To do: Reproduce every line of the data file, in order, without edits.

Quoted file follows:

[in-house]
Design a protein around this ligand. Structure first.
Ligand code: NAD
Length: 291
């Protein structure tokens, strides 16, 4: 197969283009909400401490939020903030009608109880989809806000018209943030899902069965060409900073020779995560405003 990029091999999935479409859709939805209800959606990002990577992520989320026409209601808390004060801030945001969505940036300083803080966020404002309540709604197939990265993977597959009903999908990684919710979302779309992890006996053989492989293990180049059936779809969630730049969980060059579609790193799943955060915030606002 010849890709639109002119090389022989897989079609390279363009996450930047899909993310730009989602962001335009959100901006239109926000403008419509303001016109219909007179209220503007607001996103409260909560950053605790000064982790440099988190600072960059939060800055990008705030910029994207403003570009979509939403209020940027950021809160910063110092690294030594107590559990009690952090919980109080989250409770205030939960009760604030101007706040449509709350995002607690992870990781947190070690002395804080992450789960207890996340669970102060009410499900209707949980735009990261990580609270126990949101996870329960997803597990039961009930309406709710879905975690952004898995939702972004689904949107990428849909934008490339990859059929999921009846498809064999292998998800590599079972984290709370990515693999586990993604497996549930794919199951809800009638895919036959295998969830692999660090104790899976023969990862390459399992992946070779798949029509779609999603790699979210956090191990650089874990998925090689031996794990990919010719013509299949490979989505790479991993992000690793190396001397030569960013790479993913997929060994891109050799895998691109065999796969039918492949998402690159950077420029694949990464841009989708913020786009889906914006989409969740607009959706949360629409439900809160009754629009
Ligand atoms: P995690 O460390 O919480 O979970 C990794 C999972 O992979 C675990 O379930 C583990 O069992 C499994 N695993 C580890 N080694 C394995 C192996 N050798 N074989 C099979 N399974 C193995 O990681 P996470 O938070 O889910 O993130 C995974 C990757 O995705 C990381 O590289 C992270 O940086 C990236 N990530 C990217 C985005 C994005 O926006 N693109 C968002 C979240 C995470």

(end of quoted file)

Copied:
[in-house]
Design a protein around this ligand. Structure first.
Ligand code: NAD
Length: 291
């Protein structure tokens, strides 16, 4: 197969283009909400401490939020903030009608109880989809806000018209943030899902069965060409900073020779995560405003 990029091999999935479409859709939805209800959606990002990577992520989320026409209601808390004060801030945001969505940036300083803080966020404002309540709604197939990265993977597959009903999908990684919710979302779309992890006996053989492989293990180049059936779809969630730049969980060059579609790193799943955060915030606002 010849890709639109002119090389022989897989079609390279363009996450930047899909993310730009989602962001335009959100901006239109926000403008419509303001016109219909007179209220503007607001996103409260909560950053605790000064982790440099988190600072960059939060800055990008705030910029994207403003570009979509939403209020940027950021809160910063110092690294030594107590559990009690952090919980109080989250409770205030939960009760604030101007706040449509709350995002607690992870990781947190070690002395804080992450789960207890996340669970102060009410499900209707949980735009990261990580609270126990949101996870329960997803597990039961009930309406709710879905975690952004898995939702972004689904949107990428849909934008490339990859059929999921009846498809064999292998998800590599079972984290709370990515693999586990993604497996549930794919199951809800009638895919036959295998969830692999660090104790899976023969990862390459399992992946070779798949029509779609999603790699979210956090191990650089874990998925090689031996794990990919010719013509299949490979989505790479991993992000690793190396001397030569960013790479993913997929060994891109050799895998691109065999796969039918492949998402690159950077420029694949990464841009989708913020786009889906914006989409969740607009959706949360629409439900809160009754629009
Ligand atoms: P995690 O460390 O919480 O979970 C990794 C999972 O992979 C675990 O379930 C583990 O069992 C499994 N695993 C580890 N080694 C394995 C192996 N050798 N074989 C099979 N399974 C193995 O990681 P996470 O938070 O889910 O993130 C995974 C990757 O995705 C990381 O590289 C992270 O940086 C990236 N990530 C990217 C985005 C994005 O926006 N693109 C968002 C979240 C995470």